A new report from the Women and Foreign Policy program, launched this week, highlights the security implications of human trafficking and offers recommendations to prevent human trafficking and advance U.S. security interests.
Human trafficking is a gross violation of human rights that affects populations across regional, ethnic, and religious lines. In 2016 alone, the United Nations detected close to twenty-five thousand victims of human trafficking, though this figure hides many unreported cases. Seventy-two percent of them were women and girls. Globally, an estimated 40.3 million people in 2016 were entrapped in modern slavery—exploitative situations they could not leave or refuse due to coercion, deception, threats, or violence.
But human trafficking is not only an affront to human rights and dignity—it is also a criminal and security concern. Human trafficking occurs in almost every country in the world, but takes on particularly abhorrent dimensions during and after conflict. Some forms of trafficking are particularly prevalent in the context of armed conflict, such as sexual exploitation, enslavement, and forced marriage; forced labor to support military operations; recruitment and exploitation of child soldiers; and removal of organs to treat injured fighters or finance operations.
Human trafficking can fuel conflict by enabling armed and extremist groups to raise income and expand their power and military capabilities; groups such as the self-proclaimed Islamic State in Iraq and Syria and Boko Haram in Nigeria have enslaved women and girls and generated revenue from sex trafficking. Governments may profit as well: state-sponsored trafficking can provide corrupt regimes a source of income and bolster their military capabilities. Human trafficking can also drive displacement and destabilize communities, thereby exacerbating conflict and undermining development. When committed by security forces and peacekeepers, human trafficking undercuts the ability of international institutions to carry out their missions of promoting peace and stability.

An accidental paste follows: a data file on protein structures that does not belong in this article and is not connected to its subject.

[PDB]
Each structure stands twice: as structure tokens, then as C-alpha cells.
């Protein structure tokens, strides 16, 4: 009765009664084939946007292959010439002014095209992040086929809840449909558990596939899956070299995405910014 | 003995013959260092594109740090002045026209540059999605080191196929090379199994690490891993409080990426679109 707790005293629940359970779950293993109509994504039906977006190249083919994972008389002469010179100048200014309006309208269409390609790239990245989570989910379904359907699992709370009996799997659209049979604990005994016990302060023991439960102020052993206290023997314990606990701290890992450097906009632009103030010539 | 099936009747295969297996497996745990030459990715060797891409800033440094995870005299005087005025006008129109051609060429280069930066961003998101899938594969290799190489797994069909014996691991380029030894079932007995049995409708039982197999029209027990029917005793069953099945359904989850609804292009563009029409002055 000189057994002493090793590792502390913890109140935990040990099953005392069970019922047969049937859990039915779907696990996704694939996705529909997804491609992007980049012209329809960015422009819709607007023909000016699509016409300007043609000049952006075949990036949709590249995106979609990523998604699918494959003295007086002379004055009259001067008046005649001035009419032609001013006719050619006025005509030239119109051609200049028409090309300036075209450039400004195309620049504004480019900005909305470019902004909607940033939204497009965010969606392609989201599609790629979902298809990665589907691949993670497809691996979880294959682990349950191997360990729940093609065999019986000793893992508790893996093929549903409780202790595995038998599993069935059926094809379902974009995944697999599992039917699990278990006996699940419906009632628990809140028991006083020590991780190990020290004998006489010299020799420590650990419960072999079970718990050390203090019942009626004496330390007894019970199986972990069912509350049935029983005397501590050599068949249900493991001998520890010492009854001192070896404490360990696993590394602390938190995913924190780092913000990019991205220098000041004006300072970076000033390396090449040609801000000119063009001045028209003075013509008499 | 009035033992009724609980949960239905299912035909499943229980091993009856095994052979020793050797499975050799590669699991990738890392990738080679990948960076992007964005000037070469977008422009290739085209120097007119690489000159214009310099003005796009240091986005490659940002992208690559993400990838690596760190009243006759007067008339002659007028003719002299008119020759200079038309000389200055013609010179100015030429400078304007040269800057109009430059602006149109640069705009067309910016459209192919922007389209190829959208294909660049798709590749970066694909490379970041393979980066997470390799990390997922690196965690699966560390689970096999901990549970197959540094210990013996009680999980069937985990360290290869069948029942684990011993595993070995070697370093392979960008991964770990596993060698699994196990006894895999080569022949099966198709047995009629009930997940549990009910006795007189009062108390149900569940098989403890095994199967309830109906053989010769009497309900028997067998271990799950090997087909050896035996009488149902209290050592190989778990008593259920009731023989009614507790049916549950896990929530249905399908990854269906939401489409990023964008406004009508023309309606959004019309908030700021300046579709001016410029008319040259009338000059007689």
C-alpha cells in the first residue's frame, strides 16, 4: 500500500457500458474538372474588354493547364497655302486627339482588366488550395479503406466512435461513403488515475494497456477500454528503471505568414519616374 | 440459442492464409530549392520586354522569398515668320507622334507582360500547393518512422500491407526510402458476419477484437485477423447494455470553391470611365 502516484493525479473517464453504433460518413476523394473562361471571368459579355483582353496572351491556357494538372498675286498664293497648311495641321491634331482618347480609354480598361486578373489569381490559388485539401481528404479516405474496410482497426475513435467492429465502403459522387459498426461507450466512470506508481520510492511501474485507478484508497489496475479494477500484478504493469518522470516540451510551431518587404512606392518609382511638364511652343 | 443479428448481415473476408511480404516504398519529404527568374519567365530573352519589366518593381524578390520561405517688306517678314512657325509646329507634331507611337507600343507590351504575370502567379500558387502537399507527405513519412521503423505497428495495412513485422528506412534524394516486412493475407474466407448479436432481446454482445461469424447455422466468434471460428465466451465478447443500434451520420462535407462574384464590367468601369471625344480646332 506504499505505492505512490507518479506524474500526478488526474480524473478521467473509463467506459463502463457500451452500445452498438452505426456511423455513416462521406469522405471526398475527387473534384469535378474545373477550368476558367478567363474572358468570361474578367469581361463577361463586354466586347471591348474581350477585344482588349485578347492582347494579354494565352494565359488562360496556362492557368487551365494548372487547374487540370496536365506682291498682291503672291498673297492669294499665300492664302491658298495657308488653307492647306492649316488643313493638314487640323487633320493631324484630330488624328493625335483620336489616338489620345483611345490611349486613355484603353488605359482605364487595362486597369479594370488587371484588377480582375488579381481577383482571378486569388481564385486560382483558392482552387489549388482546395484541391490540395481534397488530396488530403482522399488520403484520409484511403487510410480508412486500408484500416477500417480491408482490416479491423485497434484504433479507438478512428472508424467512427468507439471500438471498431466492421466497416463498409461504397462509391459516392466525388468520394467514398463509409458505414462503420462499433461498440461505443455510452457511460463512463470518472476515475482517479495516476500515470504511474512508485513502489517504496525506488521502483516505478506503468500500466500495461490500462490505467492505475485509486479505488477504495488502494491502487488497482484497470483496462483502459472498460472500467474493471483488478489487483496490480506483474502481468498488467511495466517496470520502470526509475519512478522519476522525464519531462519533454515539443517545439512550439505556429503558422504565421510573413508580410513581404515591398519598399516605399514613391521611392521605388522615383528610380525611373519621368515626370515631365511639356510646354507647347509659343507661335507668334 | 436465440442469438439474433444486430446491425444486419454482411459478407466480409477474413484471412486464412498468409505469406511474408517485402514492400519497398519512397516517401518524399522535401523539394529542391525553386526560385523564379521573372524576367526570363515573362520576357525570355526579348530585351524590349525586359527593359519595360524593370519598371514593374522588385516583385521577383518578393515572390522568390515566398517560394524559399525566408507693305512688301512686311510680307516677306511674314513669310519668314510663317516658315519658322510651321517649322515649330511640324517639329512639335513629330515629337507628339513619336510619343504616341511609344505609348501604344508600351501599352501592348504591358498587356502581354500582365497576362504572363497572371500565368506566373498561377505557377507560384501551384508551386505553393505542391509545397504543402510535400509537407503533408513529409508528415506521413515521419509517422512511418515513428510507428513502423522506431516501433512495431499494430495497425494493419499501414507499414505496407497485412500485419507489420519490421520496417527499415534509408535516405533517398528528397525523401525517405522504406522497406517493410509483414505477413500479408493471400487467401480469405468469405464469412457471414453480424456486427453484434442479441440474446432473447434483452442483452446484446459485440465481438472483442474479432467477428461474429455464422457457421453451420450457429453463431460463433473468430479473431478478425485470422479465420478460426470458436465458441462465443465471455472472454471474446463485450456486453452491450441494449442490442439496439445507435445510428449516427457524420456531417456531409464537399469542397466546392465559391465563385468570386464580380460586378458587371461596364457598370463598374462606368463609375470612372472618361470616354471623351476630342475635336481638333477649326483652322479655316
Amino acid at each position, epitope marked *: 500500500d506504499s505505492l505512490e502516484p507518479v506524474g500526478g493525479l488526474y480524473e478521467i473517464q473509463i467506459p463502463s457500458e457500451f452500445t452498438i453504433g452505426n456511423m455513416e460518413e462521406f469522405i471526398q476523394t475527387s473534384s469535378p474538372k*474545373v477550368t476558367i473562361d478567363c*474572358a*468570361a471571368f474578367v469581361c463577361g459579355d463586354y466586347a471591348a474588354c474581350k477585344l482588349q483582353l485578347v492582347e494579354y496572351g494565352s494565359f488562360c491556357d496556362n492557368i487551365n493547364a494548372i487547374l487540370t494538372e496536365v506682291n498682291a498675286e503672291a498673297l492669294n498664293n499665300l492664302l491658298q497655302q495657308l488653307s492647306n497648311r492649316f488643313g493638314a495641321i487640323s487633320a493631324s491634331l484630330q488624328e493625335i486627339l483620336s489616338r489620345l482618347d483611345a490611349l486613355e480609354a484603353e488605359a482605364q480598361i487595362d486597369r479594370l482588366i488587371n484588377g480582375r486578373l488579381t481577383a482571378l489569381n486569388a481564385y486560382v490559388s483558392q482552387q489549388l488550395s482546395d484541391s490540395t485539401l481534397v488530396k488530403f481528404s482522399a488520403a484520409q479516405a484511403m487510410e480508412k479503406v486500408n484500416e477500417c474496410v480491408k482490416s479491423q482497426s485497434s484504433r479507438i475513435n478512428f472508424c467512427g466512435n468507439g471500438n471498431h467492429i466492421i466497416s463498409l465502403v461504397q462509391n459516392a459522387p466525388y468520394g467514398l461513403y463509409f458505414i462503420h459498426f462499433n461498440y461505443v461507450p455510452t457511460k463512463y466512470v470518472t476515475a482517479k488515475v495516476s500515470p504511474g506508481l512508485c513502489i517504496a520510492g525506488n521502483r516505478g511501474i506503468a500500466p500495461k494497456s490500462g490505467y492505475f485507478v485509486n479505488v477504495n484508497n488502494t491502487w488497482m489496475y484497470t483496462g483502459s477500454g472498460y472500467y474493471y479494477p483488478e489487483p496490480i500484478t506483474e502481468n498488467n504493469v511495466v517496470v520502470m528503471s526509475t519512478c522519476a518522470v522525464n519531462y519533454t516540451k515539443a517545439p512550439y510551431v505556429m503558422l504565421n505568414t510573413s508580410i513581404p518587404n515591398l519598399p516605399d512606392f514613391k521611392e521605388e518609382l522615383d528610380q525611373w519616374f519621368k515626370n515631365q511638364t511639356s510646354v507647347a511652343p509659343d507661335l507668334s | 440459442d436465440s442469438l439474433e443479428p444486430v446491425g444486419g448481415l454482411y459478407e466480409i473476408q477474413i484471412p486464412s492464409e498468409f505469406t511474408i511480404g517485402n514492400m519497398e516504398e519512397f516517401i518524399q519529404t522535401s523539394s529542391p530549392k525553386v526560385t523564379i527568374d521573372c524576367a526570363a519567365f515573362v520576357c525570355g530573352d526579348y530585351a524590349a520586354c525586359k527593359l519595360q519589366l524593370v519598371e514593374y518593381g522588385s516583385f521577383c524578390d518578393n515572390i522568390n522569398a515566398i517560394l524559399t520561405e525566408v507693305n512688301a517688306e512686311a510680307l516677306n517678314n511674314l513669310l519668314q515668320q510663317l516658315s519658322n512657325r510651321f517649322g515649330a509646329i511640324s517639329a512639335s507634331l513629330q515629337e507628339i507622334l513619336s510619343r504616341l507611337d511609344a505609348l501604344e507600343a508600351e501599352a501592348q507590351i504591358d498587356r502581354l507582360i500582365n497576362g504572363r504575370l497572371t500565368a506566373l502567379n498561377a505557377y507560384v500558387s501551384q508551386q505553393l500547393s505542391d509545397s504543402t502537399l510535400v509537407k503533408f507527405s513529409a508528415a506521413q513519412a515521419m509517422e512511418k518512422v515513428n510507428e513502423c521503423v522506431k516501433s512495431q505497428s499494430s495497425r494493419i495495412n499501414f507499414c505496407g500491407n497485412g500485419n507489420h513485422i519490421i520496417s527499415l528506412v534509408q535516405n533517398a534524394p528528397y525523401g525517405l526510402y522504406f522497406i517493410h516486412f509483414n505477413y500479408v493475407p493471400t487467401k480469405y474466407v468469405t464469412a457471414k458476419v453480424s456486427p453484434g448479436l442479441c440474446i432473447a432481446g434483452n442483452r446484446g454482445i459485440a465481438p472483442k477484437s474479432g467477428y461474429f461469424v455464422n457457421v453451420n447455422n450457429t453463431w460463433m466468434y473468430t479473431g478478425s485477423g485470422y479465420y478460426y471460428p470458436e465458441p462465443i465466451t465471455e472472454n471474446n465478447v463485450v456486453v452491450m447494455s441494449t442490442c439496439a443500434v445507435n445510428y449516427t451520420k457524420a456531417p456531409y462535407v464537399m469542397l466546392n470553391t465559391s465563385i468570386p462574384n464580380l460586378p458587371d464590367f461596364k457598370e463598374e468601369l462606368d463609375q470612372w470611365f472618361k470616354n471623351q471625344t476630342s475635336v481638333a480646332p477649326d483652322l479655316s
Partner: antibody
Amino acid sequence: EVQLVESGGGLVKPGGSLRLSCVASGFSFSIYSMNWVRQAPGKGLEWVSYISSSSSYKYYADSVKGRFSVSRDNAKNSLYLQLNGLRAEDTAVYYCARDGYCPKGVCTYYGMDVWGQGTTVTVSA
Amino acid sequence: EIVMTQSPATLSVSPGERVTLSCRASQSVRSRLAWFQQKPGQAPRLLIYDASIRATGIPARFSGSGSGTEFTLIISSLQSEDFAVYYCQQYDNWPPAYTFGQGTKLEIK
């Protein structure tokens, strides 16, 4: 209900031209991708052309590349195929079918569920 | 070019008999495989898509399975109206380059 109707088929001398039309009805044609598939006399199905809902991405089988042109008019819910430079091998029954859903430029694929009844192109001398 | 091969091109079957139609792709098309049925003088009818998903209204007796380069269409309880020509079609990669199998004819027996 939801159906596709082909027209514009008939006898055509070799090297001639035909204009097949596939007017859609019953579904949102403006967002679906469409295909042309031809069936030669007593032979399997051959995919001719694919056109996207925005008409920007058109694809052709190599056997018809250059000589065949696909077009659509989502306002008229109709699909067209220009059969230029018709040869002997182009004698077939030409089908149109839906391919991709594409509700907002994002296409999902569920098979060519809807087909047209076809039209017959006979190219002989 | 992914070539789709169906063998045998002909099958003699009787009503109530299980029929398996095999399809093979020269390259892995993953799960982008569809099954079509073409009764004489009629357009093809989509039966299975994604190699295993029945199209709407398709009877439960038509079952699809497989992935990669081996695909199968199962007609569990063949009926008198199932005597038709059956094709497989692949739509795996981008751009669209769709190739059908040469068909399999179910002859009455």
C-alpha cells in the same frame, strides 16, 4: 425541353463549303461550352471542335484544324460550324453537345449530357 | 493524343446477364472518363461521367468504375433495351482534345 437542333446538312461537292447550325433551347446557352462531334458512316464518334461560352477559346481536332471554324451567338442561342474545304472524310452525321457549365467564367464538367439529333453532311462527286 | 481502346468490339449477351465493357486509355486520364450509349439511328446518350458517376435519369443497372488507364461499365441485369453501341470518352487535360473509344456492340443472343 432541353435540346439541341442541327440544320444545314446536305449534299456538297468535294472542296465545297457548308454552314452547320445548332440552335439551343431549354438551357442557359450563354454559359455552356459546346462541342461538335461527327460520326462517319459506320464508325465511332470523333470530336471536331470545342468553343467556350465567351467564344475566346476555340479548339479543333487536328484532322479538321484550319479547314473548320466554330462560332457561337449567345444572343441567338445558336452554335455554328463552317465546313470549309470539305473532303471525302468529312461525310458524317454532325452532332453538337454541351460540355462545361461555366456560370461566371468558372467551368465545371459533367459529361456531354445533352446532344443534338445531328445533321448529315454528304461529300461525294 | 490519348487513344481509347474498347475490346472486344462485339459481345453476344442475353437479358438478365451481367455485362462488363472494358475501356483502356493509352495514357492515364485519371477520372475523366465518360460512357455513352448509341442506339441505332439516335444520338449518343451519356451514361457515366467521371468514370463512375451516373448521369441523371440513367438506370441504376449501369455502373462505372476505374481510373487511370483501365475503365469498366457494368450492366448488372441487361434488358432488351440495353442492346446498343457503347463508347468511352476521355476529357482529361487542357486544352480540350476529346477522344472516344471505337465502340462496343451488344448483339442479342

Despite the security implications of human trafficking, convictions for trafficking offenses are rare, programs focused on prevention and protection are under-resourced, and most efforts to address human trafficking are detached from broader conflict-prevention, security, and counterterrorism initiatives.
The report outlines ways in which the U.S. government can better prevent human trafficking and advance U.S. security interests. Recommendations include:
- use sanctions to apply a travel ban and asset freeze on human traffickers;
- pursue charges against Islamic State affiliates of sexual slavery and other forms of human trafficking;
- encourage troop-contributing countries to hold accountable peacekeepers who perpetrate sexual exploitation;
- collect intelligence on human trafficking in locations where it already tracks drug and arms trafficking; and
- lead by example by ensuring that its policies on migration and asylum disincentivize trafficking and support its victims.
These steps will help the United States and its allies reduce human trafficking in conflict and terrorism-affected contexts while promoting broader peace and stability.